Recently for a programming class, we were given the assignment to write a program in any language that, given n, will produce all the possible derangements for an array p of size n such that p[i] != i for all i: 0 <= i < n. We had to use iterators, e.g.
Example: n=3, [0, 1, 2] is not a derangement, but [2, 0, 1] is as well as [1, 2, 0].
I came up with a pseudocode solution that would work, but the problem was that it required power loops (that is, n nested loops where n is only known at runtime). To do this, I generated n nested loops in Ruby code in a string, then
eval-ed the string. My solution worked, however my professor thought that using a few
gotos would have been better solution (easier to read, at least) than dynamic code generation.
I was under the impression that
goto was always a bad choice. Why might runtime evaluation of dynamically generated code be a worse choice than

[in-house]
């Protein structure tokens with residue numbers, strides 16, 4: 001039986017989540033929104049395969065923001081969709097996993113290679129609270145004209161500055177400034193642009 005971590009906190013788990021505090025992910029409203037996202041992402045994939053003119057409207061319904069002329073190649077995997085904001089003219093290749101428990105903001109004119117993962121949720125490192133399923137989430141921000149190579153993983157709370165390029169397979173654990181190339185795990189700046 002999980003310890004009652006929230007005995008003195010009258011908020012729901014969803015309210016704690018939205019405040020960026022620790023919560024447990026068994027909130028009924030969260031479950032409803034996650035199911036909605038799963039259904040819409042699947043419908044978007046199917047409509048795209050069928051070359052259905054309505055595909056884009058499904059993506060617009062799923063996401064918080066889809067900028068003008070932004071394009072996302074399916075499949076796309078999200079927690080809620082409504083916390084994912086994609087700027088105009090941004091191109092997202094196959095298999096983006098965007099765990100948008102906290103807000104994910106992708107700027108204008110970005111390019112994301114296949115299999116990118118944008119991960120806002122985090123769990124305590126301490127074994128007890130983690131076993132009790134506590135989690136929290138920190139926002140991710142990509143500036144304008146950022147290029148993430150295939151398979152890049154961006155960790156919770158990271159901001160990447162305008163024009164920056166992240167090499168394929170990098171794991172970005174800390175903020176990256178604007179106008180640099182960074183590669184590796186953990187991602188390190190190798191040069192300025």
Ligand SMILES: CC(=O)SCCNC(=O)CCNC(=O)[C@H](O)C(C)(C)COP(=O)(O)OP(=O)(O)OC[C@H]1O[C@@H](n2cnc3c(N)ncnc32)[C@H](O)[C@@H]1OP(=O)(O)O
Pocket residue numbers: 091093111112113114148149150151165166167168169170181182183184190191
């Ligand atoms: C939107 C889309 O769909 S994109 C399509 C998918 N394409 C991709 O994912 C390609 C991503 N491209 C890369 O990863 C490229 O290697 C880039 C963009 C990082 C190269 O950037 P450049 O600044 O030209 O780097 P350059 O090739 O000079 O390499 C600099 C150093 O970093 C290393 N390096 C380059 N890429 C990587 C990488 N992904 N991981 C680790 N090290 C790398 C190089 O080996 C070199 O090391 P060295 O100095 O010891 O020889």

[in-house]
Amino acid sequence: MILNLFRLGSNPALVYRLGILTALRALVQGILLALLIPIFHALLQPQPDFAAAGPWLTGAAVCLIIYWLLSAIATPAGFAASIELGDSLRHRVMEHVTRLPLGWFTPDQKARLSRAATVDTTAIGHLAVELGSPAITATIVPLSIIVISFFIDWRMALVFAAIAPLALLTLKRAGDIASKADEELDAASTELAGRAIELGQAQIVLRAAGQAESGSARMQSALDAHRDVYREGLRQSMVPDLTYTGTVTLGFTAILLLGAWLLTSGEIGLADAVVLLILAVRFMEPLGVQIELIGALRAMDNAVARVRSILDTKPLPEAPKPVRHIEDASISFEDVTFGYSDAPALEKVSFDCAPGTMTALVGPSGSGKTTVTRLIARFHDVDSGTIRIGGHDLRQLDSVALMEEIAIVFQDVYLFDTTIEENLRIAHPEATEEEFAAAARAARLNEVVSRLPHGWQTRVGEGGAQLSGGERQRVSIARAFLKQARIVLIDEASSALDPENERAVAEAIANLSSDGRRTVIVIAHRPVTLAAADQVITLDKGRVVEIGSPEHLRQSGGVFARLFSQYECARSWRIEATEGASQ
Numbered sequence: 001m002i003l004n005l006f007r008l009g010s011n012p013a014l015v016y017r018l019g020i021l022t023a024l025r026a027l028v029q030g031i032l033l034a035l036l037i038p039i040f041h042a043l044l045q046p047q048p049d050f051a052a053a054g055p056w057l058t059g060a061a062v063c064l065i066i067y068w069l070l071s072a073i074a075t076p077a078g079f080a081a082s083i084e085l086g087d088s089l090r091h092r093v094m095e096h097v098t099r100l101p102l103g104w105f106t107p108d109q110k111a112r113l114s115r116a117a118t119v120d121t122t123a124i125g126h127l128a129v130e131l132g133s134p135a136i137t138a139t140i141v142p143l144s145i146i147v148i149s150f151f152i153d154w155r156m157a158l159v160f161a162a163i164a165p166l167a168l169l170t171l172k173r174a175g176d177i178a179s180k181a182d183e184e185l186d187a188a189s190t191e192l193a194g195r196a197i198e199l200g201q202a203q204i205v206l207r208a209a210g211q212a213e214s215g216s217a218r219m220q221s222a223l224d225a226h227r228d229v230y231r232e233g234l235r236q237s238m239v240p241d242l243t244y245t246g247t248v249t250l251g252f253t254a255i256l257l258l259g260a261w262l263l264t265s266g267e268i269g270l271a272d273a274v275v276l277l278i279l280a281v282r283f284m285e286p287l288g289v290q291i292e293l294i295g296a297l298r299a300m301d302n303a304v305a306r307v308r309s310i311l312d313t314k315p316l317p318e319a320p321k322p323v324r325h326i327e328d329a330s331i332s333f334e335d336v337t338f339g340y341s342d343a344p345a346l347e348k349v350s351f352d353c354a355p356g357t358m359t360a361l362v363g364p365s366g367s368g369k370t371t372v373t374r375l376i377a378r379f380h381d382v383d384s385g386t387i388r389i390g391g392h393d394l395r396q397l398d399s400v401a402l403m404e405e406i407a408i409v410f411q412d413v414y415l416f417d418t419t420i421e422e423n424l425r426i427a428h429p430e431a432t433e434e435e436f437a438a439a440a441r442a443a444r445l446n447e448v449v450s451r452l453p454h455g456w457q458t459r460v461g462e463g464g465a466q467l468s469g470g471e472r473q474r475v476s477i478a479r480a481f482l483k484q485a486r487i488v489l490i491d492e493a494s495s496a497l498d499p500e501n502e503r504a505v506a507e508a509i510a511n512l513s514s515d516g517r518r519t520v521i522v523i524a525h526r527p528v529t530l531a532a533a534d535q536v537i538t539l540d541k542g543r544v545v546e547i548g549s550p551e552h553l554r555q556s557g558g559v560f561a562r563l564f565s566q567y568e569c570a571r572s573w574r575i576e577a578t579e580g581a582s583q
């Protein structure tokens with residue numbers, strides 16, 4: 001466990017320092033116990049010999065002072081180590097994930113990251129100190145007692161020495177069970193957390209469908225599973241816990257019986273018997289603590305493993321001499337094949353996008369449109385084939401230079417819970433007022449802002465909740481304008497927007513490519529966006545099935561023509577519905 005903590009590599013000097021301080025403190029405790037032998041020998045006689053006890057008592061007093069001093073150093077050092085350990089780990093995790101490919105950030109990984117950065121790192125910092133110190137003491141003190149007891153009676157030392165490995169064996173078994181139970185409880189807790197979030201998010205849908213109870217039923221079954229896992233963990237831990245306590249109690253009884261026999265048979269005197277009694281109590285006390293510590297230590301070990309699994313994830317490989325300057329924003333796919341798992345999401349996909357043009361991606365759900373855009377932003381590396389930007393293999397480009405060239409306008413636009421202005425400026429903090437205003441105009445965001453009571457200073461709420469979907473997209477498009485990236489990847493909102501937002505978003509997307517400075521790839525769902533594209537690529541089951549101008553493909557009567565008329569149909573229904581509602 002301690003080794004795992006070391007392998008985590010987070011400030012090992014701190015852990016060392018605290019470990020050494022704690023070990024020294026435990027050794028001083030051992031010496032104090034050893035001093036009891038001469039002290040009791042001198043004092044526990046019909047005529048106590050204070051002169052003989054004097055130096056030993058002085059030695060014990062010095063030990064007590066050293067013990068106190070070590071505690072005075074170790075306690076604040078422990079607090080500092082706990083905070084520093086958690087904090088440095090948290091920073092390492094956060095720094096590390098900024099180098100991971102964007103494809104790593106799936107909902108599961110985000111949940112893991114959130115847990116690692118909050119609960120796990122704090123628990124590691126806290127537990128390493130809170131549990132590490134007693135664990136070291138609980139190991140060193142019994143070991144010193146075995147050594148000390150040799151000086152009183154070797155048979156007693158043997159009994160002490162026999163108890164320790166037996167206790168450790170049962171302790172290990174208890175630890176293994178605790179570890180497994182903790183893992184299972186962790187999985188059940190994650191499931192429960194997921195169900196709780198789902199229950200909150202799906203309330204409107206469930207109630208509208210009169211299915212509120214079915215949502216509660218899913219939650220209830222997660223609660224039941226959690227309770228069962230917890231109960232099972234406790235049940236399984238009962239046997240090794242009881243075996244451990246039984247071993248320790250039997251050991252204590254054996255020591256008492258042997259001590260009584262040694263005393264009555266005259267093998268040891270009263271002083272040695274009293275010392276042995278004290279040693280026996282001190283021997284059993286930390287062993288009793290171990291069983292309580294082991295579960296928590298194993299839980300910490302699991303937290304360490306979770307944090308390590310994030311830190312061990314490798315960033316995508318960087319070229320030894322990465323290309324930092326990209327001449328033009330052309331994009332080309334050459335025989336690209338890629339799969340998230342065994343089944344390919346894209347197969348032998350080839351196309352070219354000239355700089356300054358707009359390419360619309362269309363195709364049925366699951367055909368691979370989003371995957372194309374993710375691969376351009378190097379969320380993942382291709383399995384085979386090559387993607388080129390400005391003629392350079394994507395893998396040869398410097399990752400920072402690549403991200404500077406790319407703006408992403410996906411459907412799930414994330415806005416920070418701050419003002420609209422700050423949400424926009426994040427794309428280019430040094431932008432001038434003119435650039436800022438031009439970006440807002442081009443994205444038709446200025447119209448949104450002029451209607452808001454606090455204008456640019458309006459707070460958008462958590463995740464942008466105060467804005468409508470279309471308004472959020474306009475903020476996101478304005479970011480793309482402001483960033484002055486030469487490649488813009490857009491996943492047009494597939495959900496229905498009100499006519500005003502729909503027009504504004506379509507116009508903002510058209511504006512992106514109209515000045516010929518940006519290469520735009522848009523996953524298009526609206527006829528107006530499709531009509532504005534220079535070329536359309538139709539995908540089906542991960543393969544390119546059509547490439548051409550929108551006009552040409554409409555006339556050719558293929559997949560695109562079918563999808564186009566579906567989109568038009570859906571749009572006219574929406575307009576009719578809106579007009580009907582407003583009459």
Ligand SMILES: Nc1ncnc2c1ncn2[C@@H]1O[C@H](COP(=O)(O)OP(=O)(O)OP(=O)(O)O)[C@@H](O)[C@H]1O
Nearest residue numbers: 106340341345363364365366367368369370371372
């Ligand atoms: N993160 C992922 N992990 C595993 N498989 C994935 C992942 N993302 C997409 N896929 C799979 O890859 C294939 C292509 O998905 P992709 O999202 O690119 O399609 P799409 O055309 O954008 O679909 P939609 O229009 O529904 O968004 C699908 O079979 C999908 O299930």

goto? The generated code is clean and simple, and seems fairly efficient for the given problem. The only user input upon which the code generation depends is n, which is checked to ensure it's an integer value beforehand. It
yields only unique derangements, as it should.
I'm not asking for a solution to my programming assignment, I just want to know reasons behind the use of
goto over dynamic code evaluation, or vice versa.
Edit: to clarify, the assignment included writing a program using iterators and another using recursion, so the iterative version wasn't necessarily meant to be efficient.